Contact Lenses May Help Lower Eye Pressure for Glaucoma Patients

eyewa20enginer20contact20lenses.jpgOne of the traditional glaucoma treatments is medicated eye drops. These drops are effective in lowering intraocular pressure, but they must be administered at specific intervals. Many glaucoma patients forget to administer their eye drops or do not administer the drops correctly, which means their eye pressure is not within a safe range. Uncontrolled eye pressure can result in permanent damage to the optic nerve and irreversible vision loss.

For 50 years, researchers have been trying to find a way to use contact lenses to deliver medication for eye conditions that are treated with eye drops, but they have been unsuccessful until now. The contact lens is coated with a thin film of drug-encapsulated polymers. The polymers release the drug slowly from the outer part of the lens, while the inside of the lens remains clear for vision.

The contact lenses were tested on four monkeys with glaucoma in one eye. Over nine weeks, the monkeys wore low-dose contact lenses for one week, used medicated eye drops for five days, wore high-dose contact lenses for one week, and had breaks of three weeks with no treatment between each type of drug delivery. The contacts with the low dose of medication were more effective in lowering intraocular pressure than the medicated eye drops, even though the drops contained a higher concentration of medication. The contact lenses with the high dose lowered intraocular pressure the most effectively, but more studies need to be conducted. Researchers are also hoping to conduct clinical trials on humans soon.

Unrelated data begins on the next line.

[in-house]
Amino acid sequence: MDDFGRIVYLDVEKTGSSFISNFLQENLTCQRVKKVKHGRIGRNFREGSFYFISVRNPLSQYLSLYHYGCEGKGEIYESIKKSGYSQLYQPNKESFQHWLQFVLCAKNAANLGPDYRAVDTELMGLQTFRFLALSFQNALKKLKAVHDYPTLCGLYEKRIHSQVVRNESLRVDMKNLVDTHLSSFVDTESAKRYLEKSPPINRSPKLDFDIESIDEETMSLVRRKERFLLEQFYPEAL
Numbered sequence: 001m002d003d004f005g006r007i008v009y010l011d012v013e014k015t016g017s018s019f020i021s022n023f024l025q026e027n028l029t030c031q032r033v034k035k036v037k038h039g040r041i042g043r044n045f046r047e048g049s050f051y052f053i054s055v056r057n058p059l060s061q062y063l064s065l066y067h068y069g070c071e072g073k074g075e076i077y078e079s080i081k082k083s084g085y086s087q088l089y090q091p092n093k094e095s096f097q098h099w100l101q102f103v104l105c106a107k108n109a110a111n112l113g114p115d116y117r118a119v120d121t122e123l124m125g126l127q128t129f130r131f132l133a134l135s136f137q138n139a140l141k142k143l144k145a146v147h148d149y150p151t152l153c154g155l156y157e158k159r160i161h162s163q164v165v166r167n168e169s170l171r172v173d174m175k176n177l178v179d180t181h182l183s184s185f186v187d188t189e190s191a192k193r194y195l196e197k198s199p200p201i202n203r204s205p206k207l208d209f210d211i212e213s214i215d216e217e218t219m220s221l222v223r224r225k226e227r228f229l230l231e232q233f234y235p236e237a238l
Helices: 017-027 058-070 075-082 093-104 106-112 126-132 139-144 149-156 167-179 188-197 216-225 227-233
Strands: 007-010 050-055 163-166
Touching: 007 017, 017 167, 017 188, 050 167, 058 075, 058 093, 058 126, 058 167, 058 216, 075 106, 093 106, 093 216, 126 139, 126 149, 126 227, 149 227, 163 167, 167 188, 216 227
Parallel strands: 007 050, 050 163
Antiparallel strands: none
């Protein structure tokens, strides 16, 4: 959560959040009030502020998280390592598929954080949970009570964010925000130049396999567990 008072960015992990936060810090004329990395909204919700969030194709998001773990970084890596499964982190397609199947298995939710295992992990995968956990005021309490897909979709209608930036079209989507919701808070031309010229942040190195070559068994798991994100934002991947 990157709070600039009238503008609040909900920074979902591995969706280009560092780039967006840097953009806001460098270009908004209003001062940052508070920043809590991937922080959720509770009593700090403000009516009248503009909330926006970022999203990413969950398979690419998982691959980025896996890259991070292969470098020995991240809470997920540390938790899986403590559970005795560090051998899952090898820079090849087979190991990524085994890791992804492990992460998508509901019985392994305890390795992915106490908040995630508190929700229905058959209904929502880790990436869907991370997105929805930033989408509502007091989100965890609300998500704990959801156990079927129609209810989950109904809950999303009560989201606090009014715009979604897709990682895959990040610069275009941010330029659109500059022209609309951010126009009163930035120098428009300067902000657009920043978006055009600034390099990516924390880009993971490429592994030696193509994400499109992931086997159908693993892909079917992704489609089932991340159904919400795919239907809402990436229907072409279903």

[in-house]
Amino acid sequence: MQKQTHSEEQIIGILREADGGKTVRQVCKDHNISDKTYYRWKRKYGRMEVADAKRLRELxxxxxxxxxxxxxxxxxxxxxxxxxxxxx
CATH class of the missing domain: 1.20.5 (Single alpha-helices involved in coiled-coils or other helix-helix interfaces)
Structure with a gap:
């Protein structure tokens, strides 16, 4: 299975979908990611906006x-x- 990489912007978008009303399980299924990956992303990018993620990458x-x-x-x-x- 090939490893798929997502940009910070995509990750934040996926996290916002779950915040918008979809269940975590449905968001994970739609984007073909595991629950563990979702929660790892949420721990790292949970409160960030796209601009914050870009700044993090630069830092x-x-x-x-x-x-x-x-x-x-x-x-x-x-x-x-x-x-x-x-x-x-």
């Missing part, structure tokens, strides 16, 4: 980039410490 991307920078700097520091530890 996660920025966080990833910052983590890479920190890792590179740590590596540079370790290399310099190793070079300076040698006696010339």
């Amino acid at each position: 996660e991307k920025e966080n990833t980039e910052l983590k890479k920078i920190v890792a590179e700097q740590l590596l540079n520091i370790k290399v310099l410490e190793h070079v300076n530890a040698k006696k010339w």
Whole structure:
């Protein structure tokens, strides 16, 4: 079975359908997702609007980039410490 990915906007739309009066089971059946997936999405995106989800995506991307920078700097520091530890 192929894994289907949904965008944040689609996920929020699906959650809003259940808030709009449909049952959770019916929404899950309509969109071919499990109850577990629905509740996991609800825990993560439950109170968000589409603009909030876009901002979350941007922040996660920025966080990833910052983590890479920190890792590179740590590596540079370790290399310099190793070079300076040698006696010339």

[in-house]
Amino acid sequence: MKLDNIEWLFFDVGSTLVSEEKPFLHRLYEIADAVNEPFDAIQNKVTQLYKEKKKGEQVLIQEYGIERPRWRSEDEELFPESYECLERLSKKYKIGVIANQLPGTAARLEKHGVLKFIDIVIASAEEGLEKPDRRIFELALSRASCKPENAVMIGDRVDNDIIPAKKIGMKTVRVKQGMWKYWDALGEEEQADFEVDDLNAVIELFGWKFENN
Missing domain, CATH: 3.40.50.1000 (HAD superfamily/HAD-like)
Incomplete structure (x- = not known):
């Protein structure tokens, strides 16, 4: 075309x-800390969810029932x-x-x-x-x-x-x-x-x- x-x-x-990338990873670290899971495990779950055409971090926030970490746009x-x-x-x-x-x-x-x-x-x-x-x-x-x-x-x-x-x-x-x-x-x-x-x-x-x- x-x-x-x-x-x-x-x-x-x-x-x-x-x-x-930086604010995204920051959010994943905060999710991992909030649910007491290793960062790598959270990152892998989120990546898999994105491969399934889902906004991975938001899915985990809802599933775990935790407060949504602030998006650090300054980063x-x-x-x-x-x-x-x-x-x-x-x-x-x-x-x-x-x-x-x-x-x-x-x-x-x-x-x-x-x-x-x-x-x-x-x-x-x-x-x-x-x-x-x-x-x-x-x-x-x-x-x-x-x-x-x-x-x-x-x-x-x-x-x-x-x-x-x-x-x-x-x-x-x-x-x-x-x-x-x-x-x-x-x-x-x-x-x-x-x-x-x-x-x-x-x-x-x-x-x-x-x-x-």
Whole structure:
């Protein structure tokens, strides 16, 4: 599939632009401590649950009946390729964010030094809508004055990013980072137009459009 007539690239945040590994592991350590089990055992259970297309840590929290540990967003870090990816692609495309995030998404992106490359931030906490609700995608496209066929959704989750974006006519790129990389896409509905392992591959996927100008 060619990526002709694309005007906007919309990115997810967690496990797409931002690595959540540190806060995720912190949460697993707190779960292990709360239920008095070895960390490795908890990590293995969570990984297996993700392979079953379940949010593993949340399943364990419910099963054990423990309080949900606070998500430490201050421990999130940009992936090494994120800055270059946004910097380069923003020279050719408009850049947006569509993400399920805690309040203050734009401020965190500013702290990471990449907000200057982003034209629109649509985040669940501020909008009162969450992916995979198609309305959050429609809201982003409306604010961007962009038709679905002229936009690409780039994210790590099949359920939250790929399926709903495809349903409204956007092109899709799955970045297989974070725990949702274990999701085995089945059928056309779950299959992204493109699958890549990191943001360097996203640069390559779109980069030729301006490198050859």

“If we can address the problem of compliance, we may help patients adhere to the therapy necessary to maintain vision in diseases like glaucoma, saving millions from preventable blindness,” Dr. Joseph Ciolino, an ophthalmologist at Massachusetts Eye and Ear and an assistant professor at Harvard, said in a press release. “This study also raises the possibility that we may have an option for glaucoma that’s more effective than what we have today” (Source: UPI).


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